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a failure to grasp fully the development of evangelicalism in African American communities and the relationship of that development to the transformations in black publics and in the exercise of black public reason that characterized the early twentieth century.28 To be sure, much has been written on the growth of white evangelicalism and its charismatic representatives. Stories, for example, of contemporary figures like James Dobson or Joel Osteen require that we look back to the final decade of the nineteenth century and its debates about the inerrancy of the Bible and the moral implications of a new industrial order; such stories also presume the significance of the Scopes Trial in 1920, the formation of Bible colleges, the organization of the National Association of Evangelicals in 1942, and the use of radio and, later, television in the development and expansion of evangelical ministries. What we see in these accounts is the emergence of a vibrant discursive formation and cottage industry around evangelicalism, which rejects religious modernism and does so via the mediums made available by mass-consumer culture (mediums that inevitably impact the theological content of the message). African Americans are, for the most part, absent from these stories. Apart from relatively recent histories of Pentecostalism, the complex interpenetration of evangelicalism (and its more familiar relative, fundamentalism) within African American communities and the potential overlap with white counterparts are lost to a more pronounced preoccupation with questions of the political efficacy of black churches. Among his heirs, Du Bois’s normative considerations overwhelm descriptive efforts.29 As such, the roles of Bible colleges, parachurch organizations, and the use of media in the development of evangelicalism among African American Christians are diminished, and we are left with little historical context to situate particular contemporary expressions of African American Christianity.30 But, a quick glance at the actual debates among African Americans in the early twentieth century reveals a somewhat complex engagement with issues surrounding fundamentalism and religious modernism—debates that disclose in rather interesting ways the prevalence of the former among black churchgoers. In 1927, The Messenger, a black socialist newspaper founded in 1917 by A. Philip Randolph and Chandler Owen, published over the course of several months an interesting exchange between V. F. Calverton, Kelly Miller, and Gordon B. Hancock. The topic was ‘‘Orthodox Religion: Does it Handicap Negro Progress?’’ (and orthodox religion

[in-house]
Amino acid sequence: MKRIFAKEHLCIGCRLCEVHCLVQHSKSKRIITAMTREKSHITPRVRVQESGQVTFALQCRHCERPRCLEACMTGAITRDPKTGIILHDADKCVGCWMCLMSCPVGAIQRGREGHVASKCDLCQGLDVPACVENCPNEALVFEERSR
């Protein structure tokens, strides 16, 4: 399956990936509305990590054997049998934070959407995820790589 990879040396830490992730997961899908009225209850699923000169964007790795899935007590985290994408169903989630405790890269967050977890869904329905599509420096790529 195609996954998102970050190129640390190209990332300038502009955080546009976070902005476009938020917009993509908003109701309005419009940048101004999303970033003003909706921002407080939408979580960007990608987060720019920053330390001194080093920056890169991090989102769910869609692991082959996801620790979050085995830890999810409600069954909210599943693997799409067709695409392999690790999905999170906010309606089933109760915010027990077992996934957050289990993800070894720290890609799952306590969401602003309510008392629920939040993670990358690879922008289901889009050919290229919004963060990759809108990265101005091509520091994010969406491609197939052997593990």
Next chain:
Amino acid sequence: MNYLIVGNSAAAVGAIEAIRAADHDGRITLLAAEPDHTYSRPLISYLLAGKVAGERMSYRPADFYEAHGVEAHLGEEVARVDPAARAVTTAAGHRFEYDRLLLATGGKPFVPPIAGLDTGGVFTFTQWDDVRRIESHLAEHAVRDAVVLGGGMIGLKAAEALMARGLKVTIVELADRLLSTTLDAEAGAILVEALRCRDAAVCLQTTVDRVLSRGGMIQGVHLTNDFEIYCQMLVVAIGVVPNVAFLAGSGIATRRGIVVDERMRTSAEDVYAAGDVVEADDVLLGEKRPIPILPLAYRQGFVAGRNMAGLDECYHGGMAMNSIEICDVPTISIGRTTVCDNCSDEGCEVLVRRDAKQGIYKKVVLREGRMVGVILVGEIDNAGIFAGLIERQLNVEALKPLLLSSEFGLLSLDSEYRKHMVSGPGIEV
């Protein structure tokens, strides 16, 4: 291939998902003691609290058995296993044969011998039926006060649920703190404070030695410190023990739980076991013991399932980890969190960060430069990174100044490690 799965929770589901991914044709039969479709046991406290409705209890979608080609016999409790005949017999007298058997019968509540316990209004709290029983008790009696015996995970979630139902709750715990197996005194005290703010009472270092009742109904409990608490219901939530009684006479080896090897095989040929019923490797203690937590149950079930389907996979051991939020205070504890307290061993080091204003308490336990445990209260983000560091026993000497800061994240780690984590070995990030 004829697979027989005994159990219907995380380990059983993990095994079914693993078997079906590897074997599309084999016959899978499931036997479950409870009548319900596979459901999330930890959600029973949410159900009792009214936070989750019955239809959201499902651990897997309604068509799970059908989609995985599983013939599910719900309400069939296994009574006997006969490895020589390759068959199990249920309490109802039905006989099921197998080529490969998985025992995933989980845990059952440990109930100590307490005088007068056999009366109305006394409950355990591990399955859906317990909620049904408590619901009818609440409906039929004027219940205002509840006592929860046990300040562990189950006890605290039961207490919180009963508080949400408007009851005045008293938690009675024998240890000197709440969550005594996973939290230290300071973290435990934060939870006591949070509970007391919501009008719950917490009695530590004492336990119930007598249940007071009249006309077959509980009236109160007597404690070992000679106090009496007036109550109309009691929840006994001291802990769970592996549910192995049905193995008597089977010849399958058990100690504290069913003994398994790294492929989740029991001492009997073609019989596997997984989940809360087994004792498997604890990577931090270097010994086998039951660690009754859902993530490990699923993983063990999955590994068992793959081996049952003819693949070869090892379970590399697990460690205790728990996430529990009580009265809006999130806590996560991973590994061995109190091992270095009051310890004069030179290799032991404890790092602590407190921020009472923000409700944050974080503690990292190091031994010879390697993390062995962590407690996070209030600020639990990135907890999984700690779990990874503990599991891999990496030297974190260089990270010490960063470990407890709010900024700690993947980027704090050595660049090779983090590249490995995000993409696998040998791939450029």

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can be read here as a characterization of religious fundamentalism). Calverton, founder of The Modern Quarterly, answered the question with a passionate yes. In his view, the extraordinary religiosity of African Americans only obscured the more fundamental economic relations that defined their conditions of living. For him, African American Christianity was otherworldly, it denied the insights of science, Marx, and Darwin, and encouraged docility in the face of structural conditions that demanded active (earthly) struggle. Miller, the former dean of the College of Arts and Sciences at Howard University, countered by arguing, among other things, that Christianity formed ‘‘the bedrock for modern civilization’’ and this was evidenced not in the truth-value of its metaphysical assumptions but, rather, in the historical significance of Jesus upon human history. Miller also distinguished between reactionary and progressive tendencies among Christians and claimed that ‘‘only the backward, reactionary fraction of the Church’’ refused to acknowledge the insights of science. For him, religion had not impeded the progress of African Americans. In fact, the sphere of religious activity was the site of their greatest achievements. Gordon Hancock, a professor at Virginia Union University in Richmond was a bit more ambivalent. For him, orthodox religion was in fact conservative. But this was not necessarily a bad thing. Its conservative impulse secured the place of religious traditions in the lives of people, and these traditions provided the discipline necessary for progress. Only when African American Christians slipped into a militant dogmatism and denied the insights of science on the basis of the inviolable truth of the Bible, overemphasizing doctrine to the detriment of practice, did orthodox religion block the way to progress. Hancock wrote, ‘‘the present stage of the Negro’s development calls for some constructive expression of religion and the extent to which such expression is subordinated to theological quibbling the Negro is handicapped. The Negro needs a social gospel and not a theological gospel as some erroneous postulate in the name of orthodoxy.’’31 For Hancock, a liberal interpretation of religion was requisite for African American progress. What is interesting about this exchange is the extent to which Miller and Hancock quite explicitly invoke a modernist understanding of African American religion. Both want to hold off any claim that religion and science are irreconcilable. They maintain the importance of human experience, downplay the significance of religious dogma, emphasize the life and teachings of Jesus, and commend a social gospel that speaks to the conditions of African American living. They recommend these views in light of the prevalence of those who argued otherwise.